In addition to actively monitoring the shoreline for sick and dead birds, the park is collaborating with scientists from the U.S. Geological Survey, the University of Wisconsin-Milwaukee, the University of Michigan, and Northwestern Michigan College’s Water Studies Institute, to conduct studies in the Lake Michigan near-shore environment to better understand the mechanisms of toxin transmission. These studies and public presentations are funded through President Obama’s Great Lakes Restoration Initiative to assure that Great Lakes beaches, fish, and sources of public drinking water are safe, and that the ecosystems that fish and wildlife depend upon are healthy.
Lake Michigan beaches within the National Lakeshore remain safe for swimming and recreation, however, park visitors should exercise caution upon encountering bird or fish carcasses. Type E botulism is not an infectious disease. It is a poison. You must ingest the toxin, usually by eating an infected fish or animal, to become ill. You are not at risk for contracting botulism by swimming in Lake Michigan. Visitors bringing pets to areas that allow pets on beaches should keep their pet on a leash and avoid dead animals. Pets may be poisoned if they eat dead birds or fish containing botulism toxin.
For more information, please contact the National Lakeshore at 231-326-5134 or visit the park website at www.nps.gov/slbe.
Friday, January 28th, 2011
The National Park Service provides some excellent resources for park visitors, including a map, brochures and bulletins. At the Sleeping Bear Dunes Visitors Bureau we wanted to help our visitors experience attractions both inside and outside of park boundaries, so we created an Area Guide and Map. It contains things to do in beautiful Leelanau County as well as five driving tours that will take you to the best Leelanau has to offer.
National Lakeshore Tour 1: The tour begins at the Philip A. Hart Visitors Center in Empire where you can pick up park literature or speak with park rangers. The driving tour winds through the Sleeping Bear Dunes and includes stops in some spectacular locations including the Pierce Stocking Scenic Drive, The Dune Climb, the historic town of Glen Haven, and finally to a Lake Michigan beach. The tour can be done in one day or spaced out over two or three days.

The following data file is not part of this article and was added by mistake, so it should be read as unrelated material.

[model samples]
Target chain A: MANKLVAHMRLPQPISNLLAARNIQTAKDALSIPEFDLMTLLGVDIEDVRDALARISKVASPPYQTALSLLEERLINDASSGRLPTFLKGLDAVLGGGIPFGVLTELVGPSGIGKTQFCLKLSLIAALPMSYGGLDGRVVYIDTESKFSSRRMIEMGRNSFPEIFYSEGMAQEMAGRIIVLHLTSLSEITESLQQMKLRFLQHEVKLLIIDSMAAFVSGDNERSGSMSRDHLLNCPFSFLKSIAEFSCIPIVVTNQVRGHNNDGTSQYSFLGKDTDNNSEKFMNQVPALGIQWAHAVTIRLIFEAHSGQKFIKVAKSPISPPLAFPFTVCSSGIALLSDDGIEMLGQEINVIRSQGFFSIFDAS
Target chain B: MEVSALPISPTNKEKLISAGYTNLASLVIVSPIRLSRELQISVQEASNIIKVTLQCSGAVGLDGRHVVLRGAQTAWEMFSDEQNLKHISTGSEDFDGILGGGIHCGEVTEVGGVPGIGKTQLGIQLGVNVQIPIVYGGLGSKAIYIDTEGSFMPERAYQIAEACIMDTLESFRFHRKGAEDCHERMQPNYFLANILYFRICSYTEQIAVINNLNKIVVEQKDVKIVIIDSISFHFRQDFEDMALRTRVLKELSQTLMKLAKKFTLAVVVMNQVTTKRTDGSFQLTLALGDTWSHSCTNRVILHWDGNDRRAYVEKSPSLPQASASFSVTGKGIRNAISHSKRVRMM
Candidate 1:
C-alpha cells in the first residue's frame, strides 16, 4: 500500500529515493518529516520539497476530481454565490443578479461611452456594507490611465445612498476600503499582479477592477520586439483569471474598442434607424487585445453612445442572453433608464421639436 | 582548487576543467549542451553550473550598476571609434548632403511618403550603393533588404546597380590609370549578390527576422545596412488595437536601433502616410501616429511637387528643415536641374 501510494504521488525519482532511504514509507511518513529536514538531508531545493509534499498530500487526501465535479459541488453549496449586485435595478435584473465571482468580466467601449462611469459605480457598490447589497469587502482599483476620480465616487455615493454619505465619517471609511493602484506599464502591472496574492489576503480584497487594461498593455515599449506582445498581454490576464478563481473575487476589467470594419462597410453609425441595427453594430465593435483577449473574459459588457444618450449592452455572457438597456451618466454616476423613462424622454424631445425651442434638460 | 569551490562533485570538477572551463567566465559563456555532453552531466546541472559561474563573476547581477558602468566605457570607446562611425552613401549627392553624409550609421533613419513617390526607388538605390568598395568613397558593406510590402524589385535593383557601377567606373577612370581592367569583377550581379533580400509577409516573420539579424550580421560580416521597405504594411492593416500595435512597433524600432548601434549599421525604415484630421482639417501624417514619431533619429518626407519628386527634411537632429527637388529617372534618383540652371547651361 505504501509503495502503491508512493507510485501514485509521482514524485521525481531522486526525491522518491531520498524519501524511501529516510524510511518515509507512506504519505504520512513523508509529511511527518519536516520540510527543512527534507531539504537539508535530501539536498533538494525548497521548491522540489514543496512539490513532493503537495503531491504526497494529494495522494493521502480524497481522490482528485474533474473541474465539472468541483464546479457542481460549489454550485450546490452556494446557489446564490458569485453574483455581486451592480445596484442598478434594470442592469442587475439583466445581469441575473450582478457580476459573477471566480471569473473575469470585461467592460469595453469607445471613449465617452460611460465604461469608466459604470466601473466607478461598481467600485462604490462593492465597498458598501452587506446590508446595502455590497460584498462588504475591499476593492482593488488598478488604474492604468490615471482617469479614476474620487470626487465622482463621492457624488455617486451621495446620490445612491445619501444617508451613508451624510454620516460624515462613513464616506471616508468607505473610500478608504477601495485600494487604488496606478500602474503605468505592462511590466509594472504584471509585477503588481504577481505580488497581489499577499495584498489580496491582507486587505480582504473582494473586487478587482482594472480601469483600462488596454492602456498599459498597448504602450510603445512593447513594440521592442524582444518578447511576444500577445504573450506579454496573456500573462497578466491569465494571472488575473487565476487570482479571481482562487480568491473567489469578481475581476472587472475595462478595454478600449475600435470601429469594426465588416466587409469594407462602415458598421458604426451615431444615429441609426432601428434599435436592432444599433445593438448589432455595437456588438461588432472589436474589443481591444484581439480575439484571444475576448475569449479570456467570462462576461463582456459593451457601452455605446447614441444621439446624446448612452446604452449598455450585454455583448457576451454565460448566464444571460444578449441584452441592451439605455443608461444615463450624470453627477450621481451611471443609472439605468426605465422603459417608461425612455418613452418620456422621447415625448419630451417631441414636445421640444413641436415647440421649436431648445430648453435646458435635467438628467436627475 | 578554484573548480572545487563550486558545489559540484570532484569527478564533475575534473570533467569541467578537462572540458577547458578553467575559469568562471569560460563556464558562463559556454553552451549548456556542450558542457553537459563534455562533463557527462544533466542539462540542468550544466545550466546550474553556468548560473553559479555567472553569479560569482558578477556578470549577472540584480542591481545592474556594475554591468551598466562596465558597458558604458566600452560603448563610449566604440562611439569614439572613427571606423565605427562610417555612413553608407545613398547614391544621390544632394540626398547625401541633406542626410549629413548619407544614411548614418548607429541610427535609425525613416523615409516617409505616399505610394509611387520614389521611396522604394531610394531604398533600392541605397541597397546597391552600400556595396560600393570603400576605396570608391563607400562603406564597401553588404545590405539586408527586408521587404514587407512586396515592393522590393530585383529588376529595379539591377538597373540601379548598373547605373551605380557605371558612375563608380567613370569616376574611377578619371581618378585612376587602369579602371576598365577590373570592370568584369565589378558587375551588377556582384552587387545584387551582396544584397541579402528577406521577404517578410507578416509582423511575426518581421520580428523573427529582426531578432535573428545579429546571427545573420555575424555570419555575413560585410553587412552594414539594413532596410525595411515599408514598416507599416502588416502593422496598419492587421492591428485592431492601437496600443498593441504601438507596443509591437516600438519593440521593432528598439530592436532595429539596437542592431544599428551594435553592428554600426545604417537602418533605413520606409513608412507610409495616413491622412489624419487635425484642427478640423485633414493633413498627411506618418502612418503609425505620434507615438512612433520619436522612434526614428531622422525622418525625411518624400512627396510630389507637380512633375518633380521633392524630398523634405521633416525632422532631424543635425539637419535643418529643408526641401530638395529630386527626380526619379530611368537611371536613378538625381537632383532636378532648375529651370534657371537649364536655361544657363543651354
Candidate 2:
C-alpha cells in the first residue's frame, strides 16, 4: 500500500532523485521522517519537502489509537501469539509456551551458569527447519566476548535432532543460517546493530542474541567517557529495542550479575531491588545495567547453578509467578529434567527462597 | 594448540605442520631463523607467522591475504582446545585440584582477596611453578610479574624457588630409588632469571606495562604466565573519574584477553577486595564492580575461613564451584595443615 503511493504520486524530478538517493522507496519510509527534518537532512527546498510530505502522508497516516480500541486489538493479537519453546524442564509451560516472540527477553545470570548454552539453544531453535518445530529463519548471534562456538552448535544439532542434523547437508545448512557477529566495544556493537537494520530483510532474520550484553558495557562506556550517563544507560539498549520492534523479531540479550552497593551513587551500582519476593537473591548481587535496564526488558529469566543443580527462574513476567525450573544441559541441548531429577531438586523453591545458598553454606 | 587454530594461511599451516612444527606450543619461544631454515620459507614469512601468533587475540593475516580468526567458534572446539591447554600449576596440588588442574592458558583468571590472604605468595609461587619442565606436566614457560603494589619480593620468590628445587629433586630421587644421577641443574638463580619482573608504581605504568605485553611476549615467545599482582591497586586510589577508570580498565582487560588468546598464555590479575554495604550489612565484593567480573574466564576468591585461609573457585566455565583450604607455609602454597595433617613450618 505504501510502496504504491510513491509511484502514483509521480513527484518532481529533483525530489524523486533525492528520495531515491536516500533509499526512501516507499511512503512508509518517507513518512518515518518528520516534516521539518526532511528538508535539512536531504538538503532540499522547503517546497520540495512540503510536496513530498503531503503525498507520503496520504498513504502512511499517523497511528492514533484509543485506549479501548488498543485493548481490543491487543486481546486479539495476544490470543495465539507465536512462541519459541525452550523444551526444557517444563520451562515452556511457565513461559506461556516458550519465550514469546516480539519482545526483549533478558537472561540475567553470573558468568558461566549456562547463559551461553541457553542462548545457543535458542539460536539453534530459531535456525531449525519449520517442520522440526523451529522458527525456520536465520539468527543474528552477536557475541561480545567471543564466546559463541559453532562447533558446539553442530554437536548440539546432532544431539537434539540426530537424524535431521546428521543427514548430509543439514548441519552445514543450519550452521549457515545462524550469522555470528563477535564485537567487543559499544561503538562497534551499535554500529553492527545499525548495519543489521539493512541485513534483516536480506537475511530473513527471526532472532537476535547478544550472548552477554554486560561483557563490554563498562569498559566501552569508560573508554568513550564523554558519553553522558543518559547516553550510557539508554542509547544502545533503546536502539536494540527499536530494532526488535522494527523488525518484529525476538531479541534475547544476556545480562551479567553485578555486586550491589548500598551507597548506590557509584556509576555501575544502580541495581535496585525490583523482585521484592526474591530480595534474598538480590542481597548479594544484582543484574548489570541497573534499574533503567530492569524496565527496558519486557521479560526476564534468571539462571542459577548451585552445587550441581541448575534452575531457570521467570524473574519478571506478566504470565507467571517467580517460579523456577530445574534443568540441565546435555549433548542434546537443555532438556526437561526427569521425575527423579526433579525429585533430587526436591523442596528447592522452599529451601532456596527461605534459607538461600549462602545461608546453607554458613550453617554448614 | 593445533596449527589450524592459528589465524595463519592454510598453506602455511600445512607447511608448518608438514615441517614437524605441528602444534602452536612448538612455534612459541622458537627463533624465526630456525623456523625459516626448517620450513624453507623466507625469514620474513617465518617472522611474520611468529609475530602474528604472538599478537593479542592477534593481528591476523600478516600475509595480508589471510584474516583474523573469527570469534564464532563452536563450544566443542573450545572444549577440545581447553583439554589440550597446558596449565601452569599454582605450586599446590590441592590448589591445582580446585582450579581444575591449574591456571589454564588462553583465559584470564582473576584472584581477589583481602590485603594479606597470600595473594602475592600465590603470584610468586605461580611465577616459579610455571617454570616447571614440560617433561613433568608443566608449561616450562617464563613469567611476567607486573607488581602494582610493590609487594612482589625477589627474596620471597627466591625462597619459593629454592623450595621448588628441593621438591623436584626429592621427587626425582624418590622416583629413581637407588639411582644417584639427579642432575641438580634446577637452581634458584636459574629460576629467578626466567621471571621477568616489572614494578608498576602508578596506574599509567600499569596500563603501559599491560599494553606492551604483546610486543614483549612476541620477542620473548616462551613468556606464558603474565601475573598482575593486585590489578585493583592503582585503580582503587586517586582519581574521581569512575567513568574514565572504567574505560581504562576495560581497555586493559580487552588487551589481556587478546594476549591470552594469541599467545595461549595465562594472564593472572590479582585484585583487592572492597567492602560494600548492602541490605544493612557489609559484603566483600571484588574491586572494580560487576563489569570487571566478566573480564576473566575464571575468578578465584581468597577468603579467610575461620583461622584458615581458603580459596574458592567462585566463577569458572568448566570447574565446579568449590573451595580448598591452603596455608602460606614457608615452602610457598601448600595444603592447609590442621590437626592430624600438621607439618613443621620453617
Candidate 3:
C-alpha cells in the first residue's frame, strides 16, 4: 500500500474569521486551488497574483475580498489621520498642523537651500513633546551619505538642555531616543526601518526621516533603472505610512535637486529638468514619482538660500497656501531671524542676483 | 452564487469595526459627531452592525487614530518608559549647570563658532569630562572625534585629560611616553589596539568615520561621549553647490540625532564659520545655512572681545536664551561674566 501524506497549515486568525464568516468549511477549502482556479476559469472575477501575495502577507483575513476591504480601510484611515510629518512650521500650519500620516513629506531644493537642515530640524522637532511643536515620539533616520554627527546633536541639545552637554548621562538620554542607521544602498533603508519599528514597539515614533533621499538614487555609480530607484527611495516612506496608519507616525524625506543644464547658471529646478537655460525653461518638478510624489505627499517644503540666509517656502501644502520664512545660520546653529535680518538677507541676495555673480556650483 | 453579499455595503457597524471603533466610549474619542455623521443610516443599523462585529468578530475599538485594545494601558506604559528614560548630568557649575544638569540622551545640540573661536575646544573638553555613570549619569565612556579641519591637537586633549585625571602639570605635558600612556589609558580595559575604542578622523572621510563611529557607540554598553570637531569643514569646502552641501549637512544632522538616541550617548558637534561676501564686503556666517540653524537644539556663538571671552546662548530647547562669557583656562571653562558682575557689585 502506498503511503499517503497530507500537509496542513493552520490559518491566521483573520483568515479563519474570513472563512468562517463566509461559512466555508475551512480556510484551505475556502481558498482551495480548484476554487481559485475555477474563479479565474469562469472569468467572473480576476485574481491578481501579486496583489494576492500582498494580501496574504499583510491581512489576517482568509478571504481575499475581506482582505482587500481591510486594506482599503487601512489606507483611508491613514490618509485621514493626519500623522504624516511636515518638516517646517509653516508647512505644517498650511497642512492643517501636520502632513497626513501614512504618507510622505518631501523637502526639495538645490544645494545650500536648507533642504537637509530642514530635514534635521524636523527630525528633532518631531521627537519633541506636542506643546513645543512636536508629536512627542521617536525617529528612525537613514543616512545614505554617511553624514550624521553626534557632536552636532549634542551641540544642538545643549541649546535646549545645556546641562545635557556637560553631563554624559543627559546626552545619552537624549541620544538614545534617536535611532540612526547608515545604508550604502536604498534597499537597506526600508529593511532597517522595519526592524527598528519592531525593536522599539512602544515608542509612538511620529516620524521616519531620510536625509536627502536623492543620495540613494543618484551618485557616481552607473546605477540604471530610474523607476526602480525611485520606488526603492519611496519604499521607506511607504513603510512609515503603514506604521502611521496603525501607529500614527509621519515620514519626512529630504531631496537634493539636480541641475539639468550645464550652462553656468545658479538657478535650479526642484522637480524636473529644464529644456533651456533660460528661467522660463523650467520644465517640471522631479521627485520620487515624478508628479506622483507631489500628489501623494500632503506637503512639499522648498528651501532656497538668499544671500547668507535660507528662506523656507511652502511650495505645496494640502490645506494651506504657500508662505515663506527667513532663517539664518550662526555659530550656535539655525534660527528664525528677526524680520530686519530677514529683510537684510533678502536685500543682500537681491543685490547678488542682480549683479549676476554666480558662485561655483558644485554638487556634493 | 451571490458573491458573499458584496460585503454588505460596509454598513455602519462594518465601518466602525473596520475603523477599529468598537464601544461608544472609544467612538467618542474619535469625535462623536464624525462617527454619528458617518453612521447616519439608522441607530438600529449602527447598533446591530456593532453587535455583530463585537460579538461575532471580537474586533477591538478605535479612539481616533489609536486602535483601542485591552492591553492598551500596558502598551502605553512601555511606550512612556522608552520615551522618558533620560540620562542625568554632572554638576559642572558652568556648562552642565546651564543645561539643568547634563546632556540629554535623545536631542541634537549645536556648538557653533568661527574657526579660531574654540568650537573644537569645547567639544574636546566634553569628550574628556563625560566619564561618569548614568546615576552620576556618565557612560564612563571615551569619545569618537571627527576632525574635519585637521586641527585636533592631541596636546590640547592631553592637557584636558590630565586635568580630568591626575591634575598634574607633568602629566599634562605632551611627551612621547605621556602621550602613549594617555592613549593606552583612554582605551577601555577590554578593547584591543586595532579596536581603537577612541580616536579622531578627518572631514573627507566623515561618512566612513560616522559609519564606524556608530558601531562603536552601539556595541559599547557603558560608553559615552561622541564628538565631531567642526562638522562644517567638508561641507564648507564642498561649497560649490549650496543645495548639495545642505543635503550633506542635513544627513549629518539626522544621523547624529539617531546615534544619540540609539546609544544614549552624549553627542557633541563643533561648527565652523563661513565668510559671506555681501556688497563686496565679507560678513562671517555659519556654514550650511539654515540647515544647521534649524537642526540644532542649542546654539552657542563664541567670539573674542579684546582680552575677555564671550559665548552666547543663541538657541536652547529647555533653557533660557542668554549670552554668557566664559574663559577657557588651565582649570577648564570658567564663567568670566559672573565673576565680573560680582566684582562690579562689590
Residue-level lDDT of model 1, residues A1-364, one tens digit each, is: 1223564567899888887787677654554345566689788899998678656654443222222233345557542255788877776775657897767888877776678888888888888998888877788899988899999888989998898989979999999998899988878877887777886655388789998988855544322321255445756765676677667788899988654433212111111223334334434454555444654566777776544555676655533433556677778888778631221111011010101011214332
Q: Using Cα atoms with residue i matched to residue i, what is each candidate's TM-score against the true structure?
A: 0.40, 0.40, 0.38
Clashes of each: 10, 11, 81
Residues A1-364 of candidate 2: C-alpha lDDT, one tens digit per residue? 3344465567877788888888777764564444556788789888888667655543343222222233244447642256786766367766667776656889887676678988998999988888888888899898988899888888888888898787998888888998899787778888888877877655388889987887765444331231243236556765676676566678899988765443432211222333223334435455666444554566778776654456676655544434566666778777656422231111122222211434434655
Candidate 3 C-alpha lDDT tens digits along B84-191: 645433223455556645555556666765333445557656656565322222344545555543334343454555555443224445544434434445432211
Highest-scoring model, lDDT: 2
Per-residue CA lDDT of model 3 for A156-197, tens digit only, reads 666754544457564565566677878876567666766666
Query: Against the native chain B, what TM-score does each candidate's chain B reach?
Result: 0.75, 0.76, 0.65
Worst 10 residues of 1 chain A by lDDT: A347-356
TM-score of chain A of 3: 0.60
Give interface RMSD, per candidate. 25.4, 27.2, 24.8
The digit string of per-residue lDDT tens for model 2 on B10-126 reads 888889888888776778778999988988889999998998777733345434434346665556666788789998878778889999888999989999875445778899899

The Dune Climb
National Lakeshore Tour 2: The tour takes you north, up the coast on M22 through some charming small towns. The first stop is through the historic town of Port Oneida, a historic settlement with remnants of life as it was in the late 1800’s. The next stop is Pyramid Point with a hike to the top of a 260-foot bluff overlooking Lake Michigan and the Manitou Islands. Over-heated hikers can stop for a swim in Good Harbor Bay or dip their toes in Shalda Creek. The tour continues to the small town of Leland, where historic Fishtown has been persevered as it was 100 years ago. From Leland, travel through rolling hills and orchards to the tip of the Leelanau Peninsula to the Grand Traverse Lighthouse. Travelers have the option of stopping at the Leelanau State Park to hike short trails to Lake Michigan or to stop at Peterson Park for a picnic and spectacular views of the Fox Islands.
Fishtown in Leland
Winery Tour: No trip to Leelanau County would be complete without a tour of the vineyards and wineries that make up the Leelanau Peninsula. The tour includes up to 18 wineries, each with something unique to offer, including award-winning wines and postcard-perfect scenic views. Tasting room design and ambiance varies from grand to chicken-coup quaint, and many have scenic views worthy of a stop. A Wine Trail Map with winery GPS locations is available from the Leelanau Peninsula Vintner’s Association.
Shady Lane Winery (courtesy of Leelanu Peninsula Vintner's Assoc.)
Shopping Tour: Shopping may seem out of place with so many natural wonders to see, but that is far from true. Leelanau towns are not only quaint and charming, but are situated along the picturesque shoreline of Lake Michigan, Grand Traverse Bay and inland lakes. The shops sell everything from small-town sweatshirts to fine art, ice cream and home-made pottery. Be sure to stop at roadside fruit stands that supply locals and visitors with fresh, locally-grown produce and fresh baked goods.
Wayfaring Tour: The final tour takes the adventurous on four hikes to spectacular overlooks of Lake Michigan, the Manitou Islands and Sleeping Bear Dunes. Hikes range from .75 miles to 2.7 miles and take the hiker through hilly terrain to Empire Bluffs, Bay View, Pyramid Point, and Whaleback. For those who have an extra day, we highly recommend taking the ferry to North or South Manitou Island to hike the island trails, camp over night, or relax on an untouched beach with the Sleeping Bear Dunes mainland as a backdrop. We guarantee it will take your breath away.
The Sleeping Bear Dunes Visitors Bureau Area Guide and Map also contains a list of art galleries, golf courses/schools, museums, ice cream stores, restaurants, a spa, wineries, fishing shops/schools, boating/canoeing vendors, lodging locations and wedding venues.